Whose life is it anyway

Posted: May 12, 2010 in life
Tags: , ,

Reading Sowmya’s thoughts on Francis Inglis’s case reminded me of my own thoughts on euthanasia. I thought about this subject, quite a bit, when I watched the movie ‘Whose life is it anyway’, a while ago. This movie explores the subject of euthanasia from the perspective of an accident survivor who becomes quadriplegic. He is so severely injured that he had to be on life support system for the rest of his life. He decides that it’s too painful to lead such a life and it’s not worth living. He seeks permission for euthanasia but the head of the hospital where he is being treated strongly opposes this. Watching this movie made me think how fragile life is. When it comes to individual rights, does one have the right to die? Is there an objective way to determine if one’s life is too miserable and is not worth living? I personally believe in individual freedom. In extreme cases where a person has no hope of living outside the ICU, if that person seeks euthanasia, I think it should be granted. Of course it should be ensured that the person is not resorting to this option purely out of depression.

Frances Inglis’s case is more complicated because her son who had severe head injuries couldn’t communicate. How can one be sure that euthanasia is what he would have preferred? May be he wanted to fight for his life, or may be his mother was right and it was too painful for him, and he wanted the easier route of death. We have really no way of knowing. While I strongly empathize with her emotions, I think she acted a bit prematurely under the circumstances. I can see that she ‘acted out of love’. She also knew that she would have to face the consequences of her action, which is a crime according to the law of the land. That makes her act courageous and heroic. But still I’m not sure if she is completely in the right here. For one, we don’t know what her son would have wanted. And also it seems that the doctors treating him had a hopeful prognosis. It would have been much better if there was a way she could have sought euthanasia for her son legally.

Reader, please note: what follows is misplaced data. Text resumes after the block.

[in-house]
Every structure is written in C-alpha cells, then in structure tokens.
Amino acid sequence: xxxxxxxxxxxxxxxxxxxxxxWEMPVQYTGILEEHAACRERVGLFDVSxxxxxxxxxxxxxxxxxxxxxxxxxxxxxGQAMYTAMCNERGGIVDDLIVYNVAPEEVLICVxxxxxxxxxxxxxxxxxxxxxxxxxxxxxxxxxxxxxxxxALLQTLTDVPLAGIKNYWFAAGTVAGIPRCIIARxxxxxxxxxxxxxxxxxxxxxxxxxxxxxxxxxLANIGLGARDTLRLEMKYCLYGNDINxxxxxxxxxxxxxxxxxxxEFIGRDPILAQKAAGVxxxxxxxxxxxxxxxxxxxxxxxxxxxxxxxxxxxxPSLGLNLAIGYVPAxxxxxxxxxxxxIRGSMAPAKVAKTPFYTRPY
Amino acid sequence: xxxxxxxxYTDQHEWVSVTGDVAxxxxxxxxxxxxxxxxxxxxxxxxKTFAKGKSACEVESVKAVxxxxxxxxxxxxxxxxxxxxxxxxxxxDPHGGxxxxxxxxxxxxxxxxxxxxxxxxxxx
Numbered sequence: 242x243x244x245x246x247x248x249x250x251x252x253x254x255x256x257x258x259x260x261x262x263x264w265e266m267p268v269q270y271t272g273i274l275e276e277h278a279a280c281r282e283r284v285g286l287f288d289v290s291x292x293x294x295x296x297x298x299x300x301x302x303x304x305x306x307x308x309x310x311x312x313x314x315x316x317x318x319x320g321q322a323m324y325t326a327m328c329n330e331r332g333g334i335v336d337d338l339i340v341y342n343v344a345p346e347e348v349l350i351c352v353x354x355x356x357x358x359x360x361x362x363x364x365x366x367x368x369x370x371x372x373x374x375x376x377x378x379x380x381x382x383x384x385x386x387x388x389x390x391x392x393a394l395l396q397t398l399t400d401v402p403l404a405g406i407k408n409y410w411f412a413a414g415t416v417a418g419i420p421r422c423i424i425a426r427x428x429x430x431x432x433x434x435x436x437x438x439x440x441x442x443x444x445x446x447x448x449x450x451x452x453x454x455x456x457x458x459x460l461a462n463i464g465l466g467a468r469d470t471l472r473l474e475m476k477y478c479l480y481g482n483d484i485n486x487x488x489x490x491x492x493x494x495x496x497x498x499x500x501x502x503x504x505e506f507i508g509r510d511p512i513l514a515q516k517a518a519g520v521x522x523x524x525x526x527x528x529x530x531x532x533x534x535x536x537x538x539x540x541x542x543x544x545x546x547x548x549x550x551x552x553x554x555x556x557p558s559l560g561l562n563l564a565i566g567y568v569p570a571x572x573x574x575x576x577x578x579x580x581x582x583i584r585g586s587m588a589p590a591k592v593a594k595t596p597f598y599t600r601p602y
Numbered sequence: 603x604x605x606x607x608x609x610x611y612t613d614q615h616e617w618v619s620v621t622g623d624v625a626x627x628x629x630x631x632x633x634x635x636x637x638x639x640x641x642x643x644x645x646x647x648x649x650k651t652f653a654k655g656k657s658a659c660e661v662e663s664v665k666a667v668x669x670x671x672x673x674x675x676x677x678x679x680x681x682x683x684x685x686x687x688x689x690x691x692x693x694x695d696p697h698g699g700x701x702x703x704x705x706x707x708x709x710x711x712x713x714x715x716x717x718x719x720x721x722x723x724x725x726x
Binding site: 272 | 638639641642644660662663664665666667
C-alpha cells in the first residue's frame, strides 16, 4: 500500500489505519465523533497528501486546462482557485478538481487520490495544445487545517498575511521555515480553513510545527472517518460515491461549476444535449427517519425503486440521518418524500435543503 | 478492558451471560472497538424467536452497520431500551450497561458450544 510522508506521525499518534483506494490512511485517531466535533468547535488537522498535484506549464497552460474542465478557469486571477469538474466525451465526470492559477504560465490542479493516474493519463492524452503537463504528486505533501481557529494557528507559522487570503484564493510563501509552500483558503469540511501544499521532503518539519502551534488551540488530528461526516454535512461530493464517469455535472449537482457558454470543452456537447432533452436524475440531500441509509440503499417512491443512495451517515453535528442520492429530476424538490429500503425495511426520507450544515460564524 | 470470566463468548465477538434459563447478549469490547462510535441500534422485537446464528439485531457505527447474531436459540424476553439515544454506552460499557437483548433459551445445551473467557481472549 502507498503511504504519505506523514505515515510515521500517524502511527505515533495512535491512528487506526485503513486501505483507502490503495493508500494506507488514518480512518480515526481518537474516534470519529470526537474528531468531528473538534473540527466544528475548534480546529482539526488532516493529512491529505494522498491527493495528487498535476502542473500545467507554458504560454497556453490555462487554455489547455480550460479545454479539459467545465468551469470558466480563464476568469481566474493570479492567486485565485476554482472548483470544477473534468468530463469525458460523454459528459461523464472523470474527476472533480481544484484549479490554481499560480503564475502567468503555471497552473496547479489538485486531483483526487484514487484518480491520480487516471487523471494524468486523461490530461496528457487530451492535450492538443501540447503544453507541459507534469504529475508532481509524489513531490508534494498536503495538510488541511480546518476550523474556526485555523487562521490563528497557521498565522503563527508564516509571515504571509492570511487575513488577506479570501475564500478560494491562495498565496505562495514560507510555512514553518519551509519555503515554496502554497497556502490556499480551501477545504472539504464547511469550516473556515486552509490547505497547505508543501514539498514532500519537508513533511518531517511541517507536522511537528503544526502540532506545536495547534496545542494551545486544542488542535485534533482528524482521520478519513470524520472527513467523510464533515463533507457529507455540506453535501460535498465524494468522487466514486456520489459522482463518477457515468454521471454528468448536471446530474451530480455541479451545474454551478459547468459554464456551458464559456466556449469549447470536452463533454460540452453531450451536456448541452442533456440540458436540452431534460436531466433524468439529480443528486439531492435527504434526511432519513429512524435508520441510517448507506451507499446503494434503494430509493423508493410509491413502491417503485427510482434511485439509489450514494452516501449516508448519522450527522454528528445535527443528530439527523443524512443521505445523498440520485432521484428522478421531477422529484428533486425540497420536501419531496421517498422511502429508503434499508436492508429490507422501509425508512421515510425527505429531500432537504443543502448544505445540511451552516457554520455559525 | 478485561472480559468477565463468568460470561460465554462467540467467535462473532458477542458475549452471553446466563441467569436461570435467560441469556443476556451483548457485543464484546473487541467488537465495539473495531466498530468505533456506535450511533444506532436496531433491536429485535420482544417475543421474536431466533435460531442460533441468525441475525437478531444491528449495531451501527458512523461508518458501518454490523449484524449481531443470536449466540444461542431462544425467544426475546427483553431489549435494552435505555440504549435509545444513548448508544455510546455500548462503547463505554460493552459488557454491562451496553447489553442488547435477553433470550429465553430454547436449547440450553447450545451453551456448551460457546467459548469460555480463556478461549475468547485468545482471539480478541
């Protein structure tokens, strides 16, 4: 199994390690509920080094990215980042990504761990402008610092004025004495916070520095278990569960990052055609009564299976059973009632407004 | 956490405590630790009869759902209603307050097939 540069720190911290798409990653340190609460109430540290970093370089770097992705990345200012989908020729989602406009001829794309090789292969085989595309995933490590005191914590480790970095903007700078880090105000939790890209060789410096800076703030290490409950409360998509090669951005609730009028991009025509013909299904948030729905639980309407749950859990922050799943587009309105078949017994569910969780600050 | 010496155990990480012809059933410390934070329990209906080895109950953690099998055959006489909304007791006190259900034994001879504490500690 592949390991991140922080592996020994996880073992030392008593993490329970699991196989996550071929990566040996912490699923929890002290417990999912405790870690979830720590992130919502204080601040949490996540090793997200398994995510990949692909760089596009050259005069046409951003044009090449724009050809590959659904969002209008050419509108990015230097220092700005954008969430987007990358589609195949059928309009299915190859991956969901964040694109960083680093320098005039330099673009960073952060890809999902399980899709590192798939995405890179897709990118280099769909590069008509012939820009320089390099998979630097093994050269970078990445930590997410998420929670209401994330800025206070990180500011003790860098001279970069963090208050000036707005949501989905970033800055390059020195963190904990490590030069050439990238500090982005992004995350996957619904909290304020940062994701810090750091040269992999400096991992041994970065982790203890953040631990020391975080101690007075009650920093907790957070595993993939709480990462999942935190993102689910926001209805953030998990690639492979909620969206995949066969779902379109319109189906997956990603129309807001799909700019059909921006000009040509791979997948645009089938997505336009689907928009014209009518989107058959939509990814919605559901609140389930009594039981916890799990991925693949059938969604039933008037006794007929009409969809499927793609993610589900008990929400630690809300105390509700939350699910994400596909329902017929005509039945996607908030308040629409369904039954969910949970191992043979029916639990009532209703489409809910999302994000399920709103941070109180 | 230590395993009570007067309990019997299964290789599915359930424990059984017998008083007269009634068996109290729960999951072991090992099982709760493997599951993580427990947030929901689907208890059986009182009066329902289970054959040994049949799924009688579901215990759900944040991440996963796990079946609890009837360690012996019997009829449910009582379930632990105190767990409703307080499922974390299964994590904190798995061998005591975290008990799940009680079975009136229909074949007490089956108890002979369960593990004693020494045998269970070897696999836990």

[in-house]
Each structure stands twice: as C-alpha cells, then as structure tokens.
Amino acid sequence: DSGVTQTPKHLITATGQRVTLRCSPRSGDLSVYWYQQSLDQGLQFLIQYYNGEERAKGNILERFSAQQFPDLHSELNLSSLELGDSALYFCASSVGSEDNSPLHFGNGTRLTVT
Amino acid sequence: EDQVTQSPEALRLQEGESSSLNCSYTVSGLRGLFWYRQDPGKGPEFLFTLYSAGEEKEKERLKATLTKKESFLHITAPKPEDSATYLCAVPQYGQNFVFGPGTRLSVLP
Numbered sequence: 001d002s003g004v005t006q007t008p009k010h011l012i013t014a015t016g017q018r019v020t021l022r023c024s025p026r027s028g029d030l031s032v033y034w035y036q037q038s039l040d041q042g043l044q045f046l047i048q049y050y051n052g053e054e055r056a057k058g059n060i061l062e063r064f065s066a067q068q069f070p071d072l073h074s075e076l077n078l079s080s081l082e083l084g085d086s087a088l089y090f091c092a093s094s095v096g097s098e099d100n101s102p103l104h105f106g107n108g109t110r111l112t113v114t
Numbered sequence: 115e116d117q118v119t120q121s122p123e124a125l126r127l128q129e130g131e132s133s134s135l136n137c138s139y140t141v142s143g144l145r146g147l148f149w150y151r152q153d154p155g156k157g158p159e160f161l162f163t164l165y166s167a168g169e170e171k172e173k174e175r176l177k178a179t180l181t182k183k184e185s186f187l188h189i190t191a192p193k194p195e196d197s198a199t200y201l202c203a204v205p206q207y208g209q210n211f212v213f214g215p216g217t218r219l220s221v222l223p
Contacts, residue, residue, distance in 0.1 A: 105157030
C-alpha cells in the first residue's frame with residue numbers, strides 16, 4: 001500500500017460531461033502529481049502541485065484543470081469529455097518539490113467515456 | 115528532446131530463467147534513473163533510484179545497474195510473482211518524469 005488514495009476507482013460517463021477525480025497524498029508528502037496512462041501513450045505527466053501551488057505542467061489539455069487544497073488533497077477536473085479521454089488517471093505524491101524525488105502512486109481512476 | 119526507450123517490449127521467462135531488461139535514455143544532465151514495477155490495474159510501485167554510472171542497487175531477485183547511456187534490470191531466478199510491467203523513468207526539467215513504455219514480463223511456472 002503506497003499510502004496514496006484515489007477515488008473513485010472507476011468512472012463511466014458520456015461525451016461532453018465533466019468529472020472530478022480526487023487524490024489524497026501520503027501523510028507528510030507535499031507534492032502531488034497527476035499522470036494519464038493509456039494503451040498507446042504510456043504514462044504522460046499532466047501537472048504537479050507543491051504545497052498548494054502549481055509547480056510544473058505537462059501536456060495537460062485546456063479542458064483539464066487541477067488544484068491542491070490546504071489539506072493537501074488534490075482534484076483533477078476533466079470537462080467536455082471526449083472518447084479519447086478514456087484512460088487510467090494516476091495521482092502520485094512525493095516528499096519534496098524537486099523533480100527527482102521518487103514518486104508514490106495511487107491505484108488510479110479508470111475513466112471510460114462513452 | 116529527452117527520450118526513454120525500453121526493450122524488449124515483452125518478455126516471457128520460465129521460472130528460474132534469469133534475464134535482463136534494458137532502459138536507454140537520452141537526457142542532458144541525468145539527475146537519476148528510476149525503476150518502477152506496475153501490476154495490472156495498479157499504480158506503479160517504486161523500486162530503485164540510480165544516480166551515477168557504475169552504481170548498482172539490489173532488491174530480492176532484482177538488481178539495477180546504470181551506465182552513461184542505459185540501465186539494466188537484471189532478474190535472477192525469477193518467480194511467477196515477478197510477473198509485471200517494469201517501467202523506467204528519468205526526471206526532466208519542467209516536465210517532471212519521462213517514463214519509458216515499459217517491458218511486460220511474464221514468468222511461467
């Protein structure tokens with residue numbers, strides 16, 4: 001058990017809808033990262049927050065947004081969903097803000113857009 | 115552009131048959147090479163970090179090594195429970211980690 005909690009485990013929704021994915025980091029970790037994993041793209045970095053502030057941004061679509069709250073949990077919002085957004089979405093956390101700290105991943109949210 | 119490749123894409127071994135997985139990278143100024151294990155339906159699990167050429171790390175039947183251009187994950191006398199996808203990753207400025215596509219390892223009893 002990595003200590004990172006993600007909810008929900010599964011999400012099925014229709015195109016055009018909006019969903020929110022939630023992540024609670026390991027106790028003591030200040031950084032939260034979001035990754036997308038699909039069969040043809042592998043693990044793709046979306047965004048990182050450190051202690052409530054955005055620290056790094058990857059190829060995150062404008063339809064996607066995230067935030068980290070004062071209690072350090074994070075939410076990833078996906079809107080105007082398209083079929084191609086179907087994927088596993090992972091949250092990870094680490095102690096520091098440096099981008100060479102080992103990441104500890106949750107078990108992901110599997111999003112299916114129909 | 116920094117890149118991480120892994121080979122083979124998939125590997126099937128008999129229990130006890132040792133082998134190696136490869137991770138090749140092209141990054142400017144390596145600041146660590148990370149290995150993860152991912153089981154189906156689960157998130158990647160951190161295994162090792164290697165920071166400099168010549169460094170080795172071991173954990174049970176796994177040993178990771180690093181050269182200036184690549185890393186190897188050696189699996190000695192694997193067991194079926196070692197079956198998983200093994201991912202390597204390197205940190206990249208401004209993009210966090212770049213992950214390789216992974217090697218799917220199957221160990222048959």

Coming to the point as to why the court found her guilty while the society at large seems to support her, courts are generally interpreters of the law; If someone is punishable according to the prevailing laws, that’s what the courts would do, even if people’s opinion at large is different. In such cases the best that the courts can do is to hand out the most lenient punishment allowed under law. Also, most countries have a provision where government can nullify such verdicts; these provisions are especially useful when people’s opinions are at odds with the law of the land. And of course, eventually the law has to be amended appropriately in such situations. I think there are many cases which led to a change in the law. One particular case that comes to mind is a case that I came across while reading Richard Branson’s autobiography. When Richard was running ‘Student advisory centre’, he puts up advertisements offering help to people with VDs. He gets arrested under ‘Indecent Advertisements Act’ for mentioning VD. The judge who presided over the trial, reluctantly penalizes him with a small fine. Eventually the UK parliament amends this ‘Indecent Advertisements Act’, allowing people to mention VD in advertisements.

Two relevant links from my browsing history:
This Guardian story on how zolpidem, a sleep inducing drug, is helping brain damaged patients come back to life.

In a breakthrough, doctors communicate with ‘vegetative’ patients through brainwaves. On top of all the other benefits, I think this technology can possibly allow patients in these extreme conditions to request for euthanasia by making their preference known.


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